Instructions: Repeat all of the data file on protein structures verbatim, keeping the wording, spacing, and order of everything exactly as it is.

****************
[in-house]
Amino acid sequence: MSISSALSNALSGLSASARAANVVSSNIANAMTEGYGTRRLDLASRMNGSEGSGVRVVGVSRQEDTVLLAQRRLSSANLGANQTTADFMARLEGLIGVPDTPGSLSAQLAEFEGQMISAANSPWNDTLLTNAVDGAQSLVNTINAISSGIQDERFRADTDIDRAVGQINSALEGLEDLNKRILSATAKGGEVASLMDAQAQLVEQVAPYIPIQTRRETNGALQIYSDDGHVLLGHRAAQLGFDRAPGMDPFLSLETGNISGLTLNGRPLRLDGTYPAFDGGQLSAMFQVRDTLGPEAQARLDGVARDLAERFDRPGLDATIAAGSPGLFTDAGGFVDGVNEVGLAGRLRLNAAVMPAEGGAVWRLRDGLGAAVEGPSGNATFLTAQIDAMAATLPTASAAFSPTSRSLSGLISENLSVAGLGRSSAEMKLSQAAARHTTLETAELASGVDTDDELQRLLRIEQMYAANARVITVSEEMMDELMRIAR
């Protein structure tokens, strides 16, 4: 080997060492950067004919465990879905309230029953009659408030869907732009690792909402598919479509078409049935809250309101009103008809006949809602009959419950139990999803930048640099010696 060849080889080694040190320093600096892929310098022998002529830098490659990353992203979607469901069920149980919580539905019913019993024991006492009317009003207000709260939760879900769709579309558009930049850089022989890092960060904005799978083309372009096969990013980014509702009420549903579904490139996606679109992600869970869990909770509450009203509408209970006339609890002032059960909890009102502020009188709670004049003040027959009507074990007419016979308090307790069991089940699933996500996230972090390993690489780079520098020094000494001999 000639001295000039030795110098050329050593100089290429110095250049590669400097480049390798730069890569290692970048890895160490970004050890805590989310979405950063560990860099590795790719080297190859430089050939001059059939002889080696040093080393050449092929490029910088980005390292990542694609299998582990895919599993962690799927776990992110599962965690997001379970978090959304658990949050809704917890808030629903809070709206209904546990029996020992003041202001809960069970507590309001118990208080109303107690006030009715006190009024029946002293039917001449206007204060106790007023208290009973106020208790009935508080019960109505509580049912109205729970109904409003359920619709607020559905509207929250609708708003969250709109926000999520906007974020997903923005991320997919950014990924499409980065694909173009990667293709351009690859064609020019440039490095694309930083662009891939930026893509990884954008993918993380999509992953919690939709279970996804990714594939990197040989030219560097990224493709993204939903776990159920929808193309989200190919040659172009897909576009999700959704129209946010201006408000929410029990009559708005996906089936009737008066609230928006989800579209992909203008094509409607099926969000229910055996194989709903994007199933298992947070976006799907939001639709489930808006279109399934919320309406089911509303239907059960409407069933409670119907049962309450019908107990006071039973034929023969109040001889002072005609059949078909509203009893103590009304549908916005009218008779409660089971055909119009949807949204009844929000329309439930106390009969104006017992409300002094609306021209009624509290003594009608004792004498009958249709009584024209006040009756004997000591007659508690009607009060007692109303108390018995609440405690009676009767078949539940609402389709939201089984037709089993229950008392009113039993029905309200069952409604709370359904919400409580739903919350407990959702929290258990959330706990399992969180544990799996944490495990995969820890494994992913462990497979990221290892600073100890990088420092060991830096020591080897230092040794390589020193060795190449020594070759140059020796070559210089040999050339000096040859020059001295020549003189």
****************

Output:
[in-house]
Amino acid sequence: MSISSALSNALSGLSASARAANVVSSNIANAMTEGYGTRRLDLASRMNGSEGSGVRVVGVSRQEDTVLLAQRRLSSANLGANQTTADFMARLEGLIGVPDTPGSLSAQLAEFEGQMISAANSPWNDTLLTNAVDGAQSLVNTINAISSGIQDERFRADTDIDRAVGQINSALEGLEDLNKRILSATAKGGEVASLMDAQAQLVEQVAPYIPIQTRRETNGALQIYSDDGHVLLGHRAAQLGFDRAPGMDPFLSLETGNISGLTLNGRPLRLDGTYPAFDGGQLSAMFQVRDTLGPEAQARLDGVARDLAERFDRPGLDATIAAGSPGLFTDAGGFVDGVNEVGLAGRLRLNAAVMPAEGGAVWRLRDGLGAAVEGPSGNATFLTAQIDAMAATLPTASAAFSPTSRSLSGLISENLSVAGLGRSSAEMKLSQAAARHTTLETAELASGVDTDDELQRLLRIEQMYAANARVITVSEEMMDELMRIAR
């Protein structure tokens, strides 16, 4: 080997060492950067004919465990879905309230029953009659408030869907732009690792909402598919479509078409049935809250309101009103008809006949809602009959419950139990999803930048640099010696 060849080889080694040190320093600096892929310098022998002529830098490659990353992203979607469901069920149980919580539905019913019993024991006492009317009003207000709260939760879900769709579309558009930049850089022989890092960060904005799978083309372009096969990013980014509702009420549903579904490139996606679109992600869970869990909770509450009203509408209970006339609890002032059960909890009102502020009188709670004049003040027959009507074990007419016979308090307790069991089940699933996500996230972090390993690489780079520098020094000494001999 000639001295000039030795110098050329050593100089290429110095250049590669400097480049390798730069890569290692970048890895160490970004050890805590989310979405950063560990860099590795790719080297190859430089050939001059059939002889080696040093080393050449092929490029910088980005390292990542694609299998582990895919599993962690799927776990992110599962965690997001379970978090959304658990949050809704917890808030629903809070709206209904546990029996020992003041202001809960069970507590309001118990208080109303107690006030009715006190009024029946002293039917001449206007204060106790007023208290009973106020208790009935508080019960109505509580049912109205729970109904409003359920619709607020559905509207929250609708708003969250709109926000999520906007974020997903923005991320997919950014990924499409980065694909173009990667293709351009690859064609020019440039490095694309930083662009891939930026893509990884954008993918993380999509992953919690939709279970996804990714594939990197040989030219560097990224493709993204939903776990159920929808193309989200190919040659172009897909576009999700959704129209946010201006408000929410029990009559708005996906089936009737008066609230928006989800579209992909203008094509409607099926969000229910055996194989709903994007199933298992947070976006799907939001639709489930808006279109399934919320309406089911509303239907059960409407069933409670119907049962309450019908107990006071039973034929023969109040001889002072005609059949078909509203009893103590009304549908916005009218008779409660089971055909119009949807949204009844929000329309439930106390009969104006017992409300002094609306021209009624509290003594009608004792004498009958249709009584024209006040009756004997000591007659508690009607009060007692109303108390018995609440405690009676009767078949539940609402389709939201089984037709089993229950008392009113039993029905309200069952409604709370359904919400409580739903919350407990959702929290258990959330706990399992969180544990799996944490495990995969820890494994992913462990497979990221290892600073100890990088420092060991830096020591080897230092040794390589020193060795190449020594070759140059020796070559210089040999050339000096040859020059001295020549003189």